Translator Disclaimer
1 November 2015 Flightless Diving Duck (Aves, Anatidae) from the Pleistocene of Shiriya, Northeast Japan
Author Affiliations +
Abstract

A flightless fossil duck (Aves, Anatidae), Shiriyanetta hasegawai, gen. et sp. nov., is described as a member of the Shiriya local fauna, a middle—late Pleistocene marine and terrestrial vertebrate fauna from fissure-fill deposits in the Shiriya area, northeast Japan. The species is represented by isolated bones, including skull fragments, vertebrae, pectoral and pelvic girdle elements, and most of the major limb elements. Osteological features of Shiriyanetta suggest that it had taxonomic affinity with tribe Mergini (seaducks) of subfamily Anatinae, and specifically with Recent Polysticta and Somateria (eiders). Although the overall large size, several unique skeletal features, and the proportions of the limb bones of Shiriyanetta strongly resemble North American seaducks of the genus Chendytes Miller, 1925, extinct relatives of Somateria, most elements of the two genera are diagnostically different from one another. Comparisons of these taxa and other flightless anatids with their relatives show that some of the apparently shared osteological features of Shiriyanetta and Chendytes are probably associated with flightlessness rather than reflecting a close relationship between the two genera. Given that Recent Somateria has an impaired flight ability, or the occurrence of a temporary flightless condition, it is quite possible that Shiriyanetta and Chendytes might have lost their flight ability independently, resulting in the contemporaneous occurrence of flightless ducks on both sides of the Pleistocene North Pacific.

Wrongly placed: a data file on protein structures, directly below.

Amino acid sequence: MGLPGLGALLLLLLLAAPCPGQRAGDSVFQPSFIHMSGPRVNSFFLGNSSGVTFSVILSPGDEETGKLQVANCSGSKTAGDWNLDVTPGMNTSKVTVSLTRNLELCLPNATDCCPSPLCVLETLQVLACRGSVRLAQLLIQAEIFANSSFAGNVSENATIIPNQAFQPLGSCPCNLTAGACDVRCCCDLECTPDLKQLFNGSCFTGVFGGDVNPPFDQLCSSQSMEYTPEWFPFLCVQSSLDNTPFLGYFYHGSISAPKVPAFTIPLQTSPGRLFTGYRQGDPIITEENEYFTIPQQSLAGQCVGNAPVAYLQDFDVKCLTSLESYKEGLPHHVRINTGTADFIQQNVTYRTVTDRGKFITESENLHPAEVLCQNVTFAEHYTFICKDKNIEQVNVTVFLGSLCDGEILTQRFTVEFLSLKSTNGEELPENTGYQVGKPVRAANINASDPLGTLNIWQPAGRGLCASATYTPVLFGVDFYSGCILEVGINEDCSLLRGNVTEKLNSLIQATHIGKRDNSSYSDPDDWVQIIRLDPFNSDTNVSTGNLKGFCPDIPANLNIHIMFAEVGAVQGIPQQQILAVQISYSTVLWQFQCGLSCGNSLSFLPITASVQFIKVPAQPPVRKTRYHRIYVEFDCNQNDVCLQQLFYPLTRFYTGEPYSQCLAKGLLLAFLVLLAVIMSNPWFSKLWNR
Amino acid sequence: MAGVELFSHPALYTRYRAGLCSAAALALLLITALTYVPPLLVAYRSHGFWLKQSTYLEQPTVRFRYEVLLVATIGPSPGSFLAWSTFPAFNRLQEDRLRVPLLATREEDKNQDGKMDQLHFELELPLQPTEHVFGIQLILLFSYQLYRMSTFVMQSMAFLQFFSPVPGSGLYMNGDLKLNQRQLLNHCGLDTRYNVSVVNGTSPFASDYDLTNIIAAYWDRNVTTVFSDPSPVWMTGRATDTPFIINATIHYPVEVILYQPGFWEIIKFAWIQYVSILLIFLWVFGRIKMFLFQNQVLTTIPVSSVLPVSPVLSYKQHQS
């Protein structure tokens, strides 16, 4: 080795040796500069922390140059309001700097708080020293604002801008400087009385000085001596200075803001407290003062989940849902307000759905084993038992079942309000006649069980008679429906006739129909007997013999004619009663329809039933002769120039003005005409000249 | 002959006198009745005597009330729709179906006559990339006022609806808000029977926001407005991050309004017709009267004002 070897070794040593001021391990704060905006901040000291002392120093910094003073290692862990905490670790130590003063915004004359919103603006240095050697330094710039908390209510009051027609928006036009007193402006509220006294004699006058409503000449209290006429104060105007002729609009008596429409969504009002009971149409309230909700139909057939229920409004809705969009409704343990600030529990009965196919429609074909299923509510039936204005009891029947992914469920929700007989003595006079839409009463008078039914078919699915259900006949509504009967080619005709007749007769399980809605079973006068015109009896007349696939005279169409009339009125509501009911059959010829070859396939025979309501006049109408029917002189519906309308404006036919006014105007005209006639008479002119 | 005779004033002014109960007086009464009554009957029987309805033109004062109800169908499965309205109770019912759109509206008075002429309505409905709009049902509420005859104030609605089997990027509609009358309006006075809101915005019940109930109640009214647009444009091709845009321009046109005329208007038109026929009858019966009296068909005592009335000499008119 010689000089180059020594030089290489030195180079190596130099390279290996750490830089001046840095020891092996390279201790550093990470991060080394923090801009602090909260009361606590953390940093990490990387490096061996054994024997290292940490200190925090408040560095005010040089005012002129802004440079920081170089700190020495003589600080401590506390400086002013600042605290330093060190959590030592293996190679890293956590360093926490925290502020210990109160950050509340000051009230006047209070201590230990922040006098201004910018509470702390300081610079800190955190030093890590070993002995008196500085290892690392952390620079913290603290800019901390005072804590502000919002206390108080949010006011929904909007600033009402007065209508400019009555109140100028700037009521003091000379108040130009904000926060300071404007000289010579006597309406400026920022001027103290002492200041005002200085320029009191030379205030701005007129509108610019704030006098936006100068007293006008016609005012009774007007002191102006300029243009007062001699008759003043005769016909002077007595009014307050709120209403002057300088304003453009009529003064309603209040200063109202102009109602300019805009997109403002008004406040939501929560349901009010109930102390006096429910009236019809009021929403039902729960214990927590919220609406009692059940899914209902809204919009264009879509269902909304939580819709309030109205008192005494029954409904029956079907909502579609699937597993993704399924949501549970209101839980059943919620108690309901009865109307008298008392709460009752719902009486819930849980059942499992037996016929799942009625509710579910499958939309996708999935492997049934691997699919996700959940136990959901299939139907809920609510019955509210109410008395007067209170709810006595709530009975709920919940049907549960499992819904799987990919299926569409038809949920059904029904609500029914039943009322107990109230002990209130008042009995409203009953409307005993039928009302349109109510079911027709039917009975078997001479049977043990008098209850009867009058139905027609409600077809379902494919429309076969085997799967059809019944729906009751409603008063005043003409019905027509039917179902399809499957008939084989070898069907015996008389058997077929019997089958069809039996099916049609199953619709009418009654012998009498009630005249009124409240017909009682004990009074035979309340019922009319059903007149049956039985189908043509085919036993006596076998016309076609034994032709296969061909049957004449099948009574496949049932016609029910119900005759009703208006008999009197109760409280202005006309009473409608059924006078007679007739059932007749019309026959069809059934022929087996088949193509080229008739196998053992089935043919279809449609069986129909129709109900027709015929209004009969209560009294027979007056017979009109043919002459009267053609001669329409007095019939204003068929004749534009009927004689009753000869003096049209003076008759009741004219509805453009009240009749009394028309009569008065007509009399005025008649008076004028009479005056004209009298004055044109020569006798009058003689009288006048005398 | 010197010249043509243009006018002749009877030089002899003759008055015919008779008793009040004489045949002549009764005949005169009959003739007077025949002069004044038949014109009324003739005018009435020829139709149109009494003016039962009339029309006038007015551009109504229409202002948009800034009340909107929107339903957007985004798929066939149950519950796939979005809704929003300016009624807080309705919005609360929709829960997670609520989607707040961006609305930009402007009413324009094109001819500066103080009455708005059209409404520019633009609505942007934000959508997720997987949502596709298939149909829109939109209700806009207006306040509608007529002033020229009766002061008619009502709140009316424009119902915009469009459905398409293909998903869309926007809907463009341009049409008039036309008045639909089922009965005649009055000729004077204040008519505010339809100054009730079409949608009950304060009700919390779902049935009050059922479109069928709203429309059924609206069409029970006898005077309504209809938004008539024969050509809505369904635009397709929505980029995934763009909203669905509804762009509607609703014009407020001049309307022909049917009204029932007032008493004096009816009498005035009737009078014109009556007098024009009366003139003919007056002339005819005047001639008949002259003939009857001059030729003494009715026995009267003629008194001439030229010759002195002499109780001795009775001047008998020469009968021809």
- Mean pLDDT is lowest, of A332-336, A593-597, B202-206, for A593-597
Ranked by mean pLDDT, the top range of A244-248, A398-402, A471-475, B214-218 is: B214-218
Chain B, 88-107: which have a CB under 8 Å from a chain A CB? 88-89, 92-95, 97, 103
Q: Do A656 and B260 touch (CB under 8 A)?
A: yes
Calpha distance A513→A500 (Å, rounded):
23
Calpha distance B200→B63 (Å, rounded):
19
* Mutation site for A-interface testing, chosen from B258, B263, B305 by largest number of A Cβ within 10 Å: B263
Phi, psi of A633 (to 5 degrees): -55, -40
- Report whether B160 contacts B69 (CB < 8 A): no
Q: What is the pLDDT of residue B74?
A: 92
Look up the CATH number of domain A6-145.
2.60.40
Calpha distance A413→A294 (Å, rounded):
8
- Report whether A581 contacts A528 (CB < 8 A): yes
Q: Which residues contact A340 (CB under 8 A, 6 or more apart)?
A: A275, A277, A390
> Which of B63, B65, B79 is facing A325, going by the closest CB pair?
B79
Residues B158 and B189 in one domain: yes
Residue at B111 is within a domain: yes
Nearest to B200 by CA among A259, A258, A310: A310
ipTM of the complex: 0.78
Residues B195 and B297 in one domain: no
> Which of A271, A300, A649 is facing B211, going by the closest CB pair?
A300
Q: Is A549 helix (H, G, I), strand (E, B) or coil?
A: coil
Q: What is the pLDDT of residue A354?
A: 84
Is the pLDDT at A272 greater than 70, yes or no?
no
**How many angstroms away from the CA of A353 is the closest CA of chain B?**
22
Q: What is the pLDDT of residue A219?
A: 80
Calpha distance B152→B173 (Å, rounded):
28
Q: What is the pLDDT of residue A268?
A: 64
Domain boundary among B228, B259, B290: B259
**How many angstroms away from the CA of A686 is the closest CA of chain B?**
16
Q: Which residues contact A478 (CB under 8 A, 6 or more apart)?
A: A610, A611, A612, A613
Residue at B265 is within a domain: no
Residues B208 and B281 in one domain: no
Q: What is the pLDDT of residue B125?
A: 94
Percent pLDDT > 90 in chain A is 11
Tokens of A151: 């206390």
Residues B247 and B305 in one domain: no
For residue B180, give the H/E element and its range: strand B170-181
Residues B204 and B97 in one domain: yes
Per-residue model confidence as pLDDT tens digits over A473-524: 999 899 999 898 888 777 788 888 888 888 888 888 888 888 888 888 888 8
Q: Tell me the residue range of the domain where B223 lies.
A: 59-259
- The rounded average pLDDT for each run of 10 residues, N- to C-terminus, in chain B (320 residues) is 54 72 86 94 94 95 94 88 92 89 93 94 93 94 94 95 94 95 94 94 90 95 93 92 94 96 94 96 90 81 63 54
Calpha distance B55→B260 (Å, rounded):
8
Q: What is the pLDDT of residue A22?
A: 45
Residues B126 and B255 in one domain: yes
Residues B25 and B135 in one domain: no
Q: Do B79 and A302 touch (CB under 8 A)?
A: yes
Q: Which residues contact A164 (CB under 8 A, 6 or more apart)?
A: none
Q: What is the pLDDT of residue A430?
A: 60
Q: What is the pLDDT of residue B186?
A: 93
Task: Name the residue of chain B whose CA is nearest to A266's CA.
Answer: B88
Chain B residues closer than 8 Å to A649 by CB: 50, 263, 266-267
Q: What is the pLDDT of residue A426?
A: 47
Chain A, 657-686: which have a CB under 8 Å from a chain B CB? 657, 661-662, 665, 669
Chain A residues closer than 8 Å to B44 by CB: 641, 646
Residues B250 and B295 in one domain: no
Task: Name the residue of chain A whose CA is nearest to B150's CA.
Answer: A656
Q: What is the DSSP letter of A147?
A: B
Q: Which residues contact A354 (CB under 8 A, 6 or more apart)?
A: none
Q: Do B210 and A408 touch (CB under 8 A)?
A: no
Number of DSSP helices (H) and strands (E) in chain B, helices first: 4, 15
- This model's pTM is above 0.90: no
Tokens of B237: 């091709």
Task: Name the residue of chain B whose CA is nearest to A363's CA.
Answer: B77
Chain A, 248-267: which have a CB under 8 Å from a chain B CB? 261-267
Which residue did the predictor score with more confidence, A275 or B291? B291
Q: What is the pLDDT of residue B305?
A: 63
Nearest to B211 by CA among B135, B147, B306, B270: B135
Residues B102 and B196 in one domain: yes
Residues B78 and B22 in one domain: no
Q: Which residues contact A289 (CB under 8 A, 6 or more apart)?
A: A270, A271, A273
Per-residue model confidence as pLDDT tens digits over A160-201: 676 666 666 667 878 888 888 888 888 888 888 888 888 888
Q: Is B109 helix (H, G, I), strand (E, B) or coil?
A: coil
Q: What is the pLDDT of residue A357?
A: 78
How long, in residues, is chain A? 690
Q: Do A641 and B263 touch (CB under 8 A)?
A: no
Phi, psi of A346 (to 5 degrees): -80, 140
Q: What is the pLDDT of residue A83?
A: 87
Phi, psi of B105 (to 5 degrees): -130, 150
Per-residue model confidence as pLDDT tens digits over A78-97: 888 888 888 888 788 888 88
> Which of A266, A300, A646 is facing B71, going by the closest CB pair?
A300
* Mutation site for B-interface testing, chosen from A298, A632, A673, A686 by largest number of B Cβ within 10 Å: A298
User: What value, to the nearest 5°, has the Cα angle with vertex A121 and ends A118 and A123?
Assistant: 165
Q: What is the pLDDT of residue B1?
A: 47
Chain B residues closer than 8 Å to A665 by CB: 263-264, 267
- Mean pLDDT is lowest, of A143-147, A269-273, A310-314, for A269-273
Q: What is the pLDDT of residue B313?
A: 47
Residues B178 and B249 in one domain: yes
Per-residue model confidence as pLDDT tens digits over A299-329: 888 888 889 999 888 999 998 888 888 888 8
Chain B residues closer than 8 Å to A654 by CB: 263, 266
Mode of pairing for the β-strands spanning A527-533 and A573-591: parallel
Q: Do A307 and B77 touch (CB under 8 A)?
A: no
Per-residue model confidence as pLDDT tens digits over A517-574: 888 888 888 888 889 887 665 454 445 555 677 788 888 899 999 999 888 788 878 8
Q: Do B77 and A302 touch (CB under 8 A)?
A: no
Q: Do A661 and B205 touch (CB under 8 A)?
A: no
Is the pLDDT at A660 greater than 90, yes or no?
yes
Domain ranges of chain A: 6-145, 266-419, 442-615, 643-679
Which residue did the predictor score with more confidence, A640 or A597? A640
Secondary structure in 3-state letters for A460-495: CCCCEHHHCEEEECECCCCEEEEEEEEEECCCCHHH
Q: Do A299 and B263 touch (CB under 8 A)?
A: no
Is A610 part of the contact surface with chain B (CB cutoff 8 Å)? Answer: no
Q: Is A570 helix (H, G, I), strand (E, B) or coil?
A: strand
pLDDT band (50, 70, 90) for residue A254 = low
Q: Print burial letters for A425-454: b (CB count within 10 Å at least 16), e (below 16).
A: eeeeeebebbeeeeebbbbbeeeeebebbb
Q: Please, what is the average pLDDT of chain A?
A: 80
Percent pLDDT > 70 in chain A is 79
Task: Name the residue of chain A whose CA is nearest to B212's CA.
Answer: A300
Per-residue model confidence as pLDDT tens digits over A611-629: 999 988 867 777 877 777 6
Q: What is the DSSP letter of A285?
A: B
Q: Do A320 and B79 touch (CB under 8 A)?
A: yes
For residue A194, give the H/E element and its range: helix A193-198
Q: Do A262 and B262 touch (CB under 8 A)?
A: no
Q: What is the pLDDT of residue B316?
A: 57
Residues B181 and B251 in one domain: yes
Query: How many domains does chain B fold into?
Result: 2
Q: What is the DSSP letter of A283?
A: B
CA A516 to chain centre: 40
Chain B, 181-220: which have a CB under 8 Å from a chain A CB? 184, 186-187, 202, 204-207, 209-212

© by the Society of Vertebrate Paleontology
Junya Watanabe and Hiroshige Matsuoka "Flightless Diving Duck (Aves, Anatidae) from the Pleistocene of Shiriya, Northeast Japan," Journal of Vertebrate Paleontology 35(6), (1 November 2015). https://doi.org/10.1080/02724634.2014.994745
Received: 18 March 2014; Accepted: 1 November 2014; Published: 1 November 2015
JOURNAL ARTICLE
PAGES


SHARE
ARTICLE IMPACT
RIGHTS & PERMISSIONS
Get copyright permission
Back to Top